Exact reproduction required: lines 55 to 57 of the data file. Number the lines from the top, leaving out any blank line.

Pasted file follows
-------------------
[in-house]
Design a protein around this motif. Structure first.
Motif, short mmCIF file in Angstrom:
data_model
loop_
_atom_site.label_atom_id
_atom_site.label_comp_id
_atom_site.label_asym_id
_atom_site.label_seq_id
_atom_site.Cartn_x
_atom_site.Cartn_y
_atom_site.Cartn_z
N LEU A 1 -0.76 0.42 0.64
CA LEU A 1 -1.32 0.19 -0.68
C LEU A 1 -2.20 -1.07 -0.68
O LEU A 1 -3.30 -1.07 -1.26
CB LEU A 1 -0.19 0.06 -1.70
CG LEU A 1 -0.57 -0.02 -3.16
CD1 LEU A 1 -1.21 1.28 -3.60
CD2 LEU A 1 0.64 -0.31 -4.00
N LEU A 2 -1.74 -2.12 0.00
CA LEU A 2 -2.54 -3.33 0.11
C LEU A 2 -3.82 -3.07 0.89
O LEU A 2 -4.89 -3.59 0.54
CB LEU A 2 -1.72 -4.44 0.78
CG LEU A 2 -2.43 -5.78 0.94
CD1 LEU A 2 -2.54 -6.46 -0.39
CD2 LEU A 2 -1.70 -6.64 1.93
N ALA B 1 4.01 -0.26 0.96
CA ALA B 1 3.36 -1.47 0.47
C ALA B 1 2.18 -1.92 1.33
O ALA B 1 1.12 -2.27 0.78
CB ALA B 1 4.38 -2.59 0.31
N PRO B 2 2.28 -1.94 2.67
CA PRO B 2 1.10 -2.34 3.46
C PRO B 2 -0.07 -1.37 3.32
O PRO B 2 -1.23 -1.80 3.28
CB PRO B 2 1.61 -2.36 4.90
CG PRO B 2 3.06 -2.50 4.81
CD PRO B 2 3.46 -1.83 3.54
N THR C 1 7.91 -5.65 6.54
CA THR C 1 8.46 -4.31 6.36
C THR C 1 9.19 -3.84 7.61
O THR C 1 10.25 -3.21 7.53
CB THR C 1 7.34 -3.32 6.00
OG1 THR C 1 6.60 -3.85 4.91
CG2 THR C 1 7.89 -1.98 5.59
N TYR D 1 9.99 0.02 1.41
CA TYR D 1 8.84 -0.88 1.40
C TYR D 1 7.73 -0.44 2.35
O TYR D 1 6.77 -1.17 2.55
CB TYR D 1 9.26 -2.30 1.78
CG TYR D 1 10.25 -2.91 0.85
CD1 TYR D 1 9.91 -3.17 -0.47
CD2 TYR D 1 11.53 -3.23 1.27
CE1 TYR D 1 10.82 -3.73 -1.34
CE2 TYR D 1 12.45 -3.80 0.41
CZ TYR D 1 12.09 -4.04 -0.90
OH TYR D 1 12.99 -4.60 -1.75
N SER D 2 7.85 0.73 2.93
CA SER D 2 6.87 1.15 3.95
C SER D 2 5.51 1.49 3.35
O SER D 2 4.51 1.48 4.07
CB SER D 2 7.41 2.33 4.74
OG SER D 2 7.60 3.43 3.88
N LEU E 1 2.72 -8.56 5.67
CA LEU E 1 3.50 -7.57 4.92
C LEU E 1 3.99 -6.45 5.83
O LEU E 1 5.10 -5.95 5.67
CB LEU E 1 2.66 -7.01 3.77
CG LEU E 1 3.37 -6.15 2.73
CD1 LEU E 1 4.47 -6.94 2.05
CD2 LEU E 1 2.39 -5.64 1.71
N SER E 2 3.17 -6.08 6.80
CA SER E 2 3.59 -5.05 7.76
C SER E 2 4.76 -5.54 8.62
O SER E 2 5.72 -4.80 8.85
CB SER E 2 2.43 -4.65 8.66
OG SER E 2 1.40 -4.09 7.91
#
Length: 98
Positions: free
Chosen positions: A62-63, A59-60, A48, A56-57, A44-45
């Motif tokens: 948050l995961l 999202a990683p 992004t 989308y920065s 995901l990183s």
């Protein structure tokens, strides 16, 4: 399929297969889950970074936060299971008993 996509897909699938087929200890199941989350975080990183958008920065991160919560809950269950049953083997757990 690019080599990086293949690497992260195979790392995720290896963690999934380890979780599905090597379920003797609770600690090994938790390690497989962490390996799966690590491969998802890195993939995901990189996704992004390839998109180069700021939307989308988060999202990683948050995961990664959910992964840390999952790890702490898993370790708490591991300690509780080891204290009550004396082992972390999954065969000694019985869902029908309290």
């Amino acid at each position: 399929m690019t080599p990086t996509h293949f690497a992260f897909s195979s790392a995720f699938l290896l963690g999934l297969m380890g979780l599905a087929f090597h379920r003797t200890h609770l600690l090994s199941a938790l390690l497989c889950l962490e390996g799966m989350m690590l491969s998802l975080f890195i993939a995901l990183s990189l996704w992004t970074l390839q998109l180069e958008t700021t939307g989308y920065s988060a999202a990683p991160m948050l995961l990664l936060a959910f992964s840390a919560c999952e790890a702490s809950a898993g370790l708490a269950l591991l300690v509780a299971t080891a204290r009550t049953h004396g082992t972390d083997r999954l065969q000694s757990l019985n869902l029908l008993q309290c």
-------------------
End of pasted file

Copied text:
CD2 TYR D 1 11.53 -3.23 1.27
CE1 TYR D 1 10.82 -3.73 -1.34
CE2 TYR D 1 12.45 -3.80 0.41